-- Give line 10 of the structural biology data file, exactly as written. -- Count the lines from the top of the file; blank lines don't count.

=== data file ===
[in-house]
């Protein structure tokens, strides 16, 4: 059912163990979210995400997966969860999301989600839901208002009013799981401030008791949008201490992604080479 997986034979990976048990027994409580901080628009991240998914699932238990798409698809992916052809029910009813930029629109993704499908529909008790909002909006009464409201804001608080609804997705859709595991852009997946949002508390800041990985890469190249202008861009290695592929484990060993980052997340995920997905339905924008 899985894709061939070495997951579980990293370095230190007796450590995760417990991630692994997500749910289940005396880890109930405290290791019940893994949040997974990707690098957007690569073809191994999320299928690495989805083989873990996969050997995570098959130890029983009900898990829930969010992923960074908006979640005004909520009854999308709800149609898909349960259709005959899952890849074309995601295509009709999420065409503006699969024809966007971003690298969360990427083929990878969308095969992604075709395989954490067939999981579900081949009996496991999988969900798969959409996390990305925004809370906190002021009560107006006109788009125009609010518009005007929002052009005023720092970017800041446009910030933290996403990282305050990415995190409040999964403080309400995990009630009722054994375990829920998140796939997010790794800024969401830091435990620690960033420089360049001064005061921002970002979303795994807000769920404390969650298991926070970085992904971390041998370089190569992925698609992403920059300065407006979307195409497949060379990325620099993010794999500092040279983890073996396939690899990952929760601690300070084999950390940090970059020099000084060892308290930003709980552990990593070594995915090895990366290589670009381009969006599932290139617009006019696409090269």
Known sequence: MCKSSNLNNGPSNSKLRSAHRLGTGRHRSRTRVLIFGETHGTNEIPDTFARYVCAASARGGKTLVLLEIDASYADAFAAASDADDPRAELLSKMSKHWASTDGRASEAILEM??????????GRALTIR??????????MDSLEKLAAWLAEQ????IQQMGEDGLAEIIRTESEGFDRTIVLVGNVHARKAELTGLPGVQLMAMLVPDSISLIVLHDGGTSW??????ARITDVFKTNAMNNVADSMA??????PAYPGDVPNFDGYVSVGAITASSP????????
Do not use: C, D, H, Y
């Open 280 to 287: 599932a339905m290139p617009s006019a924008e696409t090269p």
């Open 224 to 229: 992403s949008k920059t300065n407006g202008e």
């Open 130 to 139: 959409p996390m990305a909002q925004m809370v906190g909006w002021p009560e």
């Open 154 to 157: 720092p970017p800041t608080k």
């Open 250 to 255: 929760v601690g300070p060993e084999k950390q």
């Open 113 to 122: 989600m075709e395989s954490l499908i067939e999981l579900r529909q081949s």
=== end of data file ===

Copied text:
């Open 113 to 122: 989600m075709e395989s954490l499908i067939e999981l579900r529909q081949s």